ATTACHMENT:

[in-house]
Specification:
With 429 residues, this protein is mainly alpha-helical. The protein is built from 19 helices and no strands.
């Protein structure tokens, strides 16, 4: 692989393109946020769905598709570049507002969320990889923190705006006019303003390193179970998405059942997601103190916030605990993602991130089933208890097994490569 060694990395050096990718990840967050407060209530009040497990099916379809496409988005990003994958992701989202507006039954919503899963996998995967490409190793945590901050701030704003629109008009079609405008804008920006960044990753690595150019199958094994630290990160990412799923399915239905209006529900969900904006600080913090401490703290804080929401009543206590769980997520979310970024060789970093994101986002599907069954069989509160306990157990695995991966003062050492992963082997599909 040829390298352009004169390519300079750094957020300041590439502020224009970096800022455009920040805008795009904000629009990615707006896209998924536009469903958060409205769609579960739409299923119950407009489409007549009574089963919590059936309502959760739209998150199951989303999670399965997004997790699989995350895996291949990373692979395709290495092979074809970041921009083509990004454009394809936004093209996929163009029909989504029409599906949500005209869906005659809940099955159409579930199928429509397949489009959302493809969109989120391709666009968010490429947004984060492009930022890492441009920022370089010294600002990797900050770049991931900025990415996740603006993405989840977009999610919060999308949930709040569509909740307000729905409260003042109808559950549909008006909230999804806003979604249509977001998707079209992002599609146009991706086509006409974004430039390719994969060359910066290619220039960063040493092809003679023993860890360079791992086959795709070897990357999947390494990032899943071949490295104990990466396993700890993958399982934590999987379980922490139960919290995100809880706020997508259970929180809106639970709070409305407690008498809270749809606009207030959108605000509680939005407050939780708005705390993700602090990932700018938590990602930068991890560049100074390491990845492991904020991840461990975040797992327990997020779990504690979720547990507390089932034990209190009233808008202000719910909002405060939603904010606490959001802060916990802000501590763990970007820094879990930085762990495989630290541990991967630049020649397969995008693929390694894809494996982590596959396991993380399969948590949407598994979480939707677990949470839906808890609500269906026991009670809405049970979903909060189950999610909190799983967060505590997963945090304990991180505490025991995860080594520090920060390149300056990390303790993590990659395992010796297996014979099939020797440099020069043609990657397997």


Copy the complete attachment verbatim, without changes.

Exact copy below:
[in-house]
Specification:
With 429 residues, this protein is mainly alpha-helical. The protein is built from 19 helices and no strands.
């Protein structure tokens, strides 16, 4: 692989393109946020769905598709570049507002969320990889923190705006006019303003390193179970998405059942997601103190916030605990993602991130089933208890097994490569 060694990395050096990718990840967050407060209530009040497990099916379809496409988005990003994958992701989202507006039954919503899963996998995967490409190793945590901050701030704003629109008009079609405008804008920006960044990753690595150019199958094994630290990160990412799923399915239905209006529900969900904006600080913090401490703290804080929401009543206590769980997520979310970024060789970093994101986002599907069954069989509160306990157990695995991966003062050492992963082997599909 040829390298352009004169390519300079750094957020300041590439502020224009970096800022455009920040805008795009904000629009990615707006896209998924536009469903958060409205769609579960739409299923119950407009489409007549009574089963919590059936309502959760739209998150199951989303999670399965997004997790699989995350895996291949990373692979395709290495092979074809970041921009083509990004454009394809936004093209996929163009029909989504029409599906949500005209869906005659809940099955159409579930199928429509397949489009959302493809969109989120391709666009968010490429947004984060492009930022890492441009920022370089010294600002990797900050770049991931900025990415996740603006993405989840977009999610919060999308949930709040569509909740307000729905409260003042109808559950549909008006909230999804806003979604249509977001998707079209992002599609146009991706086509006409974004430039390719994969060359910066290619220039960063040493092809003679023993860890360079791992086959795709070897990357999947390494990032899943071949490295104990990466396993700890993958399982934590999987379980922490139960919290995100809880706020997508259970929180809106639970709070409305407690008498809270749809606009207030959108605000509680939005407050939780708005705390993700602090990932700018938590990602930068991890560049100074390491990845492991904020991840461990975040797992327990997020779990504690979720547990507390089932034990209190009233808008202000719910909002405060939603904010606490959001802060916990802000501590763990970007820094879990930085762990495989630290541990991967630049020649397969995008693929390694894809494996982590596959396991993380399969948590949407598994979480939707677990949470839906808890609500269906026991009670809405049970979903909060189950999610909190799983967060505590997963945090304990991180505490025991995860080594520090920060390149300056990390303790993590990659395992010796297996014979099939020797440099020069043609990657397997």